KRAS, NRAS, and BRAF mutations which activate p44/42 mitogen-activated protein kinase (MAPK) signaling are found in half of myeloma patients and contribute to proteasome inhibitor (PI) resistance, but the underlying mechanisms are not fully understood. We established myeloma cell lines expressing wild-type (WT), constitutively active (CA) (G12V/G13D/Q61H), or dominant-negative (DN) (S17N)-KRAS and -NRAS, or BRAF-V600E. Cells expressing CA mutants showed increased proteasome maturation protein (POMP) and nuclear factor (erythroid-derived 2)-like 2 (NRF2) expression. This correlated with an increase in catalytically active proteasome subunit β (PSMB)-8, PSMB9, and PSMB10, which occurred in an ETS transcription factor-dependent manner. Proteasome chymotrypsin-like, trypsin-like, and caspase-like activities were increased, and this enhanced capacity reduced PI sensitivity, while DN-KRAS and DN-NRAS did the opposite. Pharmacologic RAF or MAPK kinase (MEK) inhibitors decreased proteasome activity, and sensitized myeloma cells to PIs. CA-KRAS, CA-NRAS, and CA-BRAF down-regulated expression of endoplasmic reticulum (ER) stress proteins, and reduced unfolded protein response activation, while DN mutations increased both. Finally, a bortezomib (BTZ)/ MEK inhibitor combination showed enhanced activity in vivo specifically in CA-NRAS models. Taken together, the data support the hypothesis that activating MAPK pathway mutations enhance PI resistance by increasing proteasome capacity, and provide a rationale for targeting such patients with PI/RAF or PI/MEK inhibitor combinations. Moreover, they argue these mutations promote myeloma survival by reducing cellular stress, thereby distancing plasma cells from the apoptotic threshold, potentially explaining their high frequency in myeloma.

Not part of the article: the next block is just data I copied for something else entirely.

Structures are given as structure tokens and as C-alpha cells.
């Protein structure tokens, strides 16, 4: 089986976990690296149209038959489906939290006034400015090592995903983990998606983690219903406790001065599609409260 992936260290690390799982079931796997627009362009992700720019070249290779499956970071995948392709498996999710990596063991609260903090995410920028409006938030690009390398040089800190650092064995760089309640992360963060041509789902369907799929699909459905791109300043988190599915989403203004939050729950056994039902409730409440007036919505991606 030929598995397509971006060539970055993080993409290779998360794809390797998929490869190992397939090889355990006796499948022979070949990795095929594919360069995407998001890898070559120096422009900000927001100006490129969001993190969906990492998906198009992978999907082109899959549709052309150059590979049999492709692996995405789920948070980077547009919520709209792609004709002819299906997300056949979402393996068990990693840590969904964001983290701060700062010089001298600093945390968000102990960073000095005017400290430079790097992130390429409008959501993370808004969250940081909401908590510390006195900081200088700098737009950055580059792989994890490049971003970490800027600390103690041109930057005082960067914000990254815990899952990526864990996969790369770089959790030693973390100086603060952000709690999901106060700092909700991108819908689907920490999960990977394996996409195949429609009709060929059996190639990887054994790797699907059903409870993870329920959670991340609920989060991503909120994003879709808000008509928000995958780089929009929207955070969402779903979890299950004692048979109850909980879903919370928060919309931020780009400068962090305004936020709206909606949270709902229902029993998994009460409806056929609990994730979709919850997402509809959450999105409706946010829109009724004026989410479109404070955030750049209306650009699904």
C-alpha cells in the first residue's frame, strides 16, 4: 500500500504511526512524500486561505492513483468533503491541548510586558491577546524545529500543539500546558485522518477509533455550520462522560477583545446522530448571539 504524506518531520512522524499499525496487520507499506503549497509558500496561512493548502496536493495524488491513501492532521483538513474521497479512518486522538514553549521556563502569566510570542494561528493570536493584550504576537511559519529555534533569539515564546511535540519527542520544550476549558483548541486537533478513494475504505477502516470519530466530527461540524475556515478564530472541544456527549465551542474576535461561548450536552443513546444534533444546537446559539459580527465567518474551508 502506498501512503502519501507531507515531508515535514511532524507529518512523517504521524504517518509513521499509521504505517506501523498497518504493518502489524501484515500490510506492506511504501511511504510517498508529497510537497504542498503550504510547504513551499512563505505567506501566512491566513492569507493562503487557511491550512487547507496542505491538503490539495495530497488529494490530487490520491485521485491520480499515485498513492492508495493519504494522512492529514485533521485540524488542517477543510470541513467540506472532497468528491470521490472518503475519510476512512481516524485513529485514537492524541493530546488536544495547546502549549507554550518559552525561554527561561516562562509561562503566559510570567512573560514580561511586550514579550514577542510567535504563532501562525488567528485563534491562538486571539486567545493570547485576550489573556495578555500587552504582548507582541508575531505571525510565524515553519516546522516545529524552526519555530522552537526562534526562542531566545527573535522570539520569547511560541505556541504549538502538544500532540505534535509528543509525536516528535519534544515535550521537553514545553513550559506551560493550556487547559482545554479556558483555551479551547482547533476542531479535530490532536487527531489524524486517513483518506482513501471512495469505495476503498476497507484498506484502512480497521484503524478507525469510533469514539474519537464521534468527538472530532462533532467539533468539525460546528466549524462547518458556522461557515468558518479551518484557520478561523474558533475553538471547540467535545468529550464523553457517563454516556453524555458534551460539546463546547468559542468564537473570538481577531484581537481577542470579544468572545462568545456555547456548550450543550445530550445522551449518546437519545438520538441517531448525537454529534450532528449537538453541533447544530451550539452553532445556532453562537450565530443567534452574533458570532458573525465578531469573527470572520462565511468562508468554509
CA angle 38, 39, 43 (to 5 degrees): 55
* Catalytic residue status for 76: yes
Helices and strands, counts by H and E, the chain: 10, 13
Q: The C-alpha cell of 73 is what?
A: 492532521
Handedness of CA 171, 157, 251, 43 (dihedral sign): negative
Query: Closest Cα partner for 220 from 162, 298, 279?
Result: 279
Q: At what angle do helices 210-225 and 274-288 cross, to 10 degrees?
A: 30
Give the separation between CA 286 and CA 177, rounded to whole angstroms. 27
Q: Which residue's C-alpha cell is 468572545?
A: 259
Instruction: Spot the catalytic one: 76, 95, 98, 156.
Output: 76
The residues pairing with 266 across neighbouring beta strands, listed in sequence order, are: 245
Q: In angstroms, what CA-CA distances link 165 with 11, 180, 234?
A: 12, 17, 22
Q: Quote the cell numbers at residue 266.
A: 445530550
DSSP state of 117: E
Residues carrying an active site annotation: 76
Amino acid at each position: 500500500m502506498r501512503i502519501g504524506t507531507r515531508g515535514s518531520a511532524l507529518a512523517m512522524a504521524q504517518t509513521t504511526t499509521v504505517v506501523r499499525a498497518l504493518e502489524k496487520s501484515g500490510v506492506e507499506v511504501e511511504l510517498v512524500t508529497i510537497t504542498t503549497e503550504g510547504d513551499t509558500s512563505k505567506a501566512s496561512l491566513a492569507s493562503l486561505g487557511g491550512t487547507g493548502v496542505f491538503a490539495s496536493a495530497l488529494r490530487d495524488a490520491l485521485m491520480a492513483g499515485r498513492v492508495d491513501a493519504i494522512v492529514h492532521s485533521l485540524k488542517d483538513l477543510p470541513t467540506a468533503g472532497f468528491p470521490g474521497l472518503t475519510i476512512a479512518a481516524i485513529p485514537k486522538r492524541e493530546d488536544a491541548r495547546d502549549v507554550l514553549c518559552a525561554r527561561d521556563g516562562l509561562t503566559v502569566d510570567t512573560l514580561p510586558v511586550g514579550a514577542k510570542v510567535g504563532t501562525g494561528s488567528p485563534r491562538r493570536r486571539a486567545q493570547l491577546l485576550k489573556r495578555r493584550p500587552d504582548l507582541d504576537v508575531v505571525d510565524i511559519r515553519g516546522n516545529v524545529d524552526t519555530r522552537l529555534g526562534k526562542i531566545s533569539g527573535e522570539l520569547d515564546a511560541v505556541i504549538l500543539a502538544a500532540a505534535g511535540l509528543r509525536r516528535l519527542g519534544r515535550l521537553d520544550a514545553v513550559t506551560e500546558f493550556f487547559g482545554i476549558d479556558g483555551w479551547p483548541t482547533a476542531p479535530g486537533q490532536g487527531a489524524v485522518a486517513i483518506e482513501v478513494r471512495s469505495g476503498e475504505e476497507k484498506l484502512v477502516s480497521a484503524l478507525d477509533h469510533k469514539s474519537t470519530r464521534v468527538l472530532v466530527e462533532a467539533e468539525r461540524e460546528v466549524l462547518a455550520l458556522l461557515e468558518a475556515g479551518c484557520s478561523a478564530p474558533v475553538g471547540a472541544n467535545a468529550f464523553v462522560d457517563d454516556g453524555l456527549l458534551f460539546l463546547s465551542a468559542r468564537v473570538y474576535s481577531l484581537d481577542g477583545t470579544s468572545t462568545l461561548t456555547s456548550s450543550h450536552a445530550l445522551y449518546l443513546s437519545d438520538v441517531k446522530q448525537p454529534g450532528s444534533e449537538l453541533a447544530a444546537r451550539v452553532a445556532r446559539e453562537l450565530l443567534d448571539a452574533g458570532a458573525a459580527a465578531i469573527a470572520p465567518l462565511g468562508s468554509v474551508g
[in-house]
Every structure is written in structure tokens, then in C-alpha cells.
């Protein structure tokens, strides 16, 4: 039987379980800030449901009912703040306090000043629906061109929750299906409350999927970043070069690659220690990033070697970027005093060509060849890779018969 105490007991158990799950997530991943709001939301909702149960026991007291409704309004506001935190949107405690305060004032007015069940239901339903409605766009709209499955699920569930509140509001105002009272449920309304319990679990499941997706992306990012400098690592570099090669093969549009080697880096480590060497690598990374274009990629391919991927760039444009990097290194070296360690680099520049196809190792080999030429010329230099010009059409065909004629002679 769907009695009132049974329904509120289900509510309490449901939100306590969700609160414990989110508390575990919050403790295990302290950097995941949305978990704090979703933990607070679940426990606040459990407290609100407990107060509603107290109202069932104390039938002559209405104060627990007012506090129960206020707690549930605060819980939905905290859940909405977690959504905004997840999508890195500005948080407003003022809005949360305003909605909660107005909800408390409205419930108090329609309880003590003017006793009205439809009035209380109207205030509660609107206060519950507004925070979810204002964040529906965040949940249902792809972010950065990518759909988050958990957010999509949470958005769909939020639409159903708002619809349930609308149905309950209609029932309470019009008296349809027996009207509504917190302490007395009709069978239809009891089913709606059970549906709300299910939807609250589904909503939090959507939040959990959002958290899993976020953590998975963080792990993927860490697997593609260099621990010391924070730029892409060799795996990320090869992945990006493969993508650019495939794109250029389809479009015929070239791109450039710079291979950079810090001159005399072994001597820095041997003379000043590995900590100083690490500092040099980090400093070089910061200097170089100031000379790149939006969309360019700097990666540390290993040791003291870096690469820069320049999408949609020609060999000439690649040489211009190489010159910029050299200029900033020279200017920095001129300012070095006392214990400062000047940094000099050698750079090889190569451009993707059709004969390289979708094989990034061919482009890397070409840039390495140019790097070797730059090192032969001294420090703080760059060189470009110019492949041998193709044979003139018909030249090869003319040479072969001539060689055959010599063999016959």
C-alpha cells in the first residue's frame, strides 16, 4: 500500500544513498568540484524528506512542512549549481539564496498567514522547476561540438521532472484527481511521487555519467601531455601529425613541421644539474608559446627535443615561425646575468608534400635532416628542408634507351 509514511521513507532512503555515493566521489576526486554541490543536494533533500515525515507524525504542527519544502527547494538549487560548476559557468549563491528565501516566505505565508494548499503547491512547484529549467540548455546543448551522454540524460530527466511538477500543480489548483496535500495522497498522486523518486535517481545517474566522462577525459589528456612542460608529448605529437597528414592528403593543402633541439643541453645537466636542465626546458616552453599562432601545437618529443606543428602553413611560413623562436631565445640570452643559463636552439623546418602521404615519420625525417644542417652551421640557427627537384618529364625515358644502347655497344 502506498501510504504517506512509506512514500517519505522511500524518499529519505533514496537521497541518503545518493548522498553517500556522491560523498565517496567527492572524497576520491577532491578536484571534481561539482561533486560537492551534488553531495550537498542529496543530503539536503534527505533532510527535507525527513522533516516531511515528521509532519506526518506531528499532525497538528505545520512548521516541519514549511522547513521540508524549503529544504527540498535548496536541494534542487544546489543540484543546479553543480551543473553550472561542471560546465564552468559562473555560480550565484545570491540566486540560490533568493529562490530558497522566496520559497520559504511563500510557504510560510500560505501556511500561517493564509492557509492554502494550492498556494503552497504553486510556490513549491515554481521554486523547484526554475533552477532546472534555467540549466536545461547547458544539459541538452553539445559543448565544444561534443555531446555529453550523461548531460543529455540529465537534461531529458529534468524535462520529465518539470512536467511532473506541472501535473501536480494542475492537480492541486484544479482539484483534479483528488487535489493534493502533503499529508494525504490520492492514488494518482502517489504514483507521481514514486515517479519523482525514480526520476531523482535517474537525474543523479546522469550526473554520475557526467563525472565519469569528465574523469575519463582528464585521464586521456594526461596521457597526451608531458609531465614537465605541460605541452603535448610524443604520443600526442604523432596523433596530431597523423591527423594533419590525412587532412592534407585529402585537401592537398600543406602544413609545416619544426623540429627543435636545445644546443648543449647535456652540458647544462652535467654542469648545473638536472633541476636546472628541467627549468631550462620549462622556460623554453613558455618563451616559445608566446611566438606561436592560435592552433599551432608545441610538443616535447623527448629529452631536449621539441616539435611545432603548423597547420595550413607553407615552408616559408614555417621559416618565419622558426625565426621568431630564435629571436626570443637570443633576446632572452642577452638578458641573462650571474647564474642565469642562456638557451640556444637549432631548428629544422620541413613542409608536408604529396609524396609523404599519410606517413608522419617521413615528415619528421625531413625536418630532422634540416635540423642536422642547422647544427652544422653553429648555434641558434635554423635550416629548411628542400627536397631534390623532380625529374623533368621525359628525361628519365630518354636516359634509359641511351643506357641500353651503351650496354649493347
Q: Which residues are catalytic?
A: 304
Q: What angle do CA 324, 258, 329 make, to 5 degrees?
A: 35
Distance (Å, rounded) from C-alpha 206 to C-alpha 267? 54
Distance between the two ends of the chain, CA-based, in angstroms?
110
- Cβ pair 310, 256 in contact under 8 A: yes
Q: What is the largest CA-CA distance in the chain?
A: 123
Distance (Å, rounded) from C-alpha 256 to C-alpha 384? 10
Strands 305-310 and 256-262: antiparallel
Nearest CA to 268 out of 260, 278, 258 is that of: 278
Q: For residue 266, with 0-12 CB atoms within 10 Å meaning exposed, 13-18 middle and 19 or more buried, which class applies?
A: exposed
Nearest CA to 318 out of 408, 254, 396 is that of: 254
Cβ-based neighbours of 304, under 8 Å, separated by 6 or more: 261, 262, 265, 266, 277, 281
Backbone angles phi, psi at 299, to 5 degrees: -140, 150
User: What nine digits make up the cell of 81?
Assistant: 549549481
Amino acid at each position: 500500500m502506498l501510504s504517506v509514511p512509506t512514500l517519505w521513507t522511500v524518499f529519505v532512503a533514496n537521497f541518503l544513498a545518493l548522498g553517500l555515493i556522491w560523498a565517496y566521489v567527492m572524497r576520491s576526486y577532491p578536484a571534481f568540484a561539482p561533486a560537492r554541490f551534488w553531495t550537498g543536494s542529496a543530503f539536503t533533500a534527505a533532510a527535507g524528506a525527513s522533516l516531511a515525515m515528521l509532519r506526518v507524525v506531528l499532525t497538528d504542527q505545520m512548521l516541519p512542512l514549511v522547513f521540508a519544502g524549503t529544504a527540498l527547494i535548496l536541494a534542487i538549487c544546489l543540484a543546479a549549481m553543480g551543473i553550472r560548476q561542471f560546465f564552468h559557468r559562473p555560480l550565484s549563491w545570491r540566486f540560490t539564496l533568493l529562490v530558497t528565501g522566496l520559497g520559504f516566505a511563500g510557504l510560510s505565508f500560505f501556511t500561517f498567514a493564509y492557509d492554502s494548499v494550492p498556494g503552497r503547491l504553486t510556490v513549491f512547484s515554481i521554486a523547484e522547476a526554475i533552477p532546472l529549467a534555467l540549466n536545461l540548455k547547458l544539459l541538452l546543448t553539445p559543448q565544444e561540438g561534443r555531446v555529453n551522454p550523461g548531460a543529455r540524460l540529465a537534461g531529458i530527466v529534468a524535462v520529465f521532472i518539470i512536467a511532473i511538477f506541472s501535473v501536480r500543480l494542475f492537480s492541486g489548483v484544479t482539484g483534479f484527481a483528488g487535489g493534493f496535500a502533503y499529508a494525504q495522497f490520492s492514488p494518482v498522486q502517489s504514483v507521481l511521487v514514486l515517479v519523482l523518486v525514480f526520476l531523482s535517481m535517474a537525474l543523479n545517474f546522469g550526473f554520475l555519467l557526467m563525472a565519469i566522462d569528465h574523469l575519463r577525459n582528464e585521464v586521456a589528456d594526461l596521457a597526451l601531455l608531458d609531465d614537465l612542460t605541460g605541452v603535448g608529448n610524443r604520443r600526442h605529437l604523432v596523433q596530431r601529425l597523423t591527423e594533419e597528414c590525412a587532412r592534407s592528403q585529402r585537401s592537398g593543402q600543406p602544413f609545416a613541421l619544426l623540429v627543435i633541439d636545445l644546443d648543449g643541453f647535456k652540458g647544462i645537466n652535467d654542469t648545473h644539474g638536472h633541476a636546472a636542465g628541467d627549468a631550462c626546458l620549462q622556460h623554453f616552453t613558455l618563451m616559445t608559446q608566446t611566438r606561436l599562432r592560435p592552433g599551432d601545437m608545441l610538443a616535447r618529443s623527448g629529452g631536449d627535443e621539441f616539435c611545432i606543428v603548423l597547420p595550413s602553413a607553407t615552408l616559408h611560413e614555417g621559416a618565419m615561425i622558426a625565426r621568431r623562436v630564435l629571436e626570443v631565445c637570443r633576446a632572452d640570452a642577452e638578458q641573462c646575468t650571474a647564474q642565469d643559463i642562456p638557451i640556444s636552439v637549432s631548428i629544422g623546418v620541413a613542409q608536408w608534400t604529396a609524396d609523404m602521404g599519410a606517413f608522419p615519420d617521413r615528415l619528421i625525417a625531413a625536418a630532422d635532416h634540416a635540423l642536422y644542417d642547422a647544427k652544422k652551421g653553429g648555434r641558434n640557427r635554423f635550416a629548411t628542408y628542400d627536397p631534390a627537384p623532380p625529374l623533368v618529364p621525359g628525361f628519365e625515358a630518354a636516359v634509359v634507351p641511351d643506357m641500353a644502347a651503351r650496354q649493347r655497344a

|Original language||English (US)|
|Number of pages||11|
|Journal||Proceedings of the National Academy of Sciences of the United States of America|
|State||Published - Aug 2020|
- Proteasome capacity
- Proteasome inhibitor sensitivity
ASJC Scopus subject areas